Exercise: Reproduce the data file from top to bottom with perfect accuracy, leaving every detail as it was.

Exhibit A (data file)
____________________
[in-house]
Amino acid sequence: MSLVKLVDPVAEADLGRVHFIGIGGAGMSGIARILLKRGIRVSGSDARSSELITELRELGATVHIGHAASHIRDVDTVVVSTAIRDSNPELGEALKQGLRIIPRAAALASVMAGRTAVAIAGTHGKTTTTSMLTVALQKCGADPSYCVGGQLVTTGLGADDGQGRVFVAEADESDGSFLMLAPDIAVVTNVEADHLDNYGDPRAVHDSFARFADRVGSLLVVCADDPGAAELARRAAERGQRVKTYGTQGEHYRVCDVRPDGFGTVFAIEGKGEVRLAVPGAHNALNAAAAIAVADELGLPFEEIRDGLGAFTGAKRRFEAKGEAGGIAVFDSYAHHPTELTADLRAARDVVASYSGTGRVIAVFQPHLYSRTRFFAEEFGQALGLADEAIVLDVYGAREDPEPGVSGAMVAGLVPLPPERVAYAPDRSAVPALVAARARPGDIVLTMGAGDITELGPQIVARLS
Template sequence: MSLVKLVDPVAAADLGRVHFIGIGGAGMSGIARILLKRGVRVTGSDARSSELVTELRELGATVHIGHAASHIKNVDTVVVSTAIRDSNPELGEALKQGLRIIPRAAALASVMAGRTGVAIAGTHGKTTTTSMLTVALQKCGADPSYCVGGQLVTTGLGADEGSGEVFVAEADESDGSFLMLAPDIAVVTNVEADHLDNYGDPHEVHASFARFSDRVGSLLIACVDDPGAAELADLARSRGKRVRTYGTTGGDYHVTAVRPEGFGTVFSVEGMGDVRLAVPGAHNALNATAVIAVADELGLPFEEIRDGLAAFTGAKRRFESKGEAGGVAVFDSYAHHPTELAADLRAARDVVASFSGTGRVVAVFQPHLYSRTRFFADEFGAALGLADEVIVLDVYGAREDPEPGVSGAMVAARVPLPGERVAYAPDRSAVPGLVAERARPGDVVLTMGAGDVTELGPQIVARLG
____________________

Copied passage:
[in-house]
Amino acid sequence: MSLVKLVDPVAEADLGRVHFIGIGGAGMSGIARILLKRGIRVSGSDARSSELITELRELGATVHIGHAASHIRDVDTVVVSTAIRDSNPELGEALKQGLRIIPRAAALASVMAGRTAVAIAGTHGKTTTTSMLTVALQKCGADPSYCVGGQLVTTGLGADDGQGRVFVAEADESDGSFLMLAPDIAVVTNVEADHLDNYGDPRAVHDSFARFADRVGSLLVVCADDPGAAELARRAAERGQRVKTYGTQGEHYRVCDVRPDGFGTVFAIEGKGEVRLAVPGAHNALNAAAAIAVADELGLPFEEIRDGLGAFTGAKRRFEAKGEAGGIAVFDSYAHHPTELTADLRAARDVVASYSGTGRVIAVFQPHLYSRTRFFAEEFGQALGLADEAIVLDVYGAREDPEPGVSGAMVAGLVPLPPERVAYAPDRSAVPALVAARARPGDIVLTMGAGDITELGPQIVARLS
Template sequence: MSLVKLVDPVAAADLGRVHFIGIGGAGMSGIARILLKRGVRVTGSDARSSELVTELRELGATVHIGHAASHIKNVDTVVVSTAIRDSNPELGEALKQGLRIIPRAAALASVMAGRTGVAIAGTHGKTTTTSMLTVALQKCGADPSYCVGGQLVTTGLGADEGSGEVFVAEADESDGSFLMLAPDIAVVTNVEADHLDNYGDPHEVHASFARFSDRVGSLLIACVDDPGAAELADLARSRGKRVRTYGTTGGDYHVTAVRPEGFGTVFSVEGMGDVRLAVPGAHNALNATAVIAVADELGLPFEEIRDGLAAFTGAKRRFESKGEAGGVAVFDSYAHHPTELAADLRAARDVVASFSGTGRVVAVFQPHLYSRTRFFADEFGAALGLADEVIVLDVYGAREDPEPGVSGAMVAARVPLPGERVAYAPDRSAVPGLVAERARPGDVVLTMGAGDVTELGPQIVARLG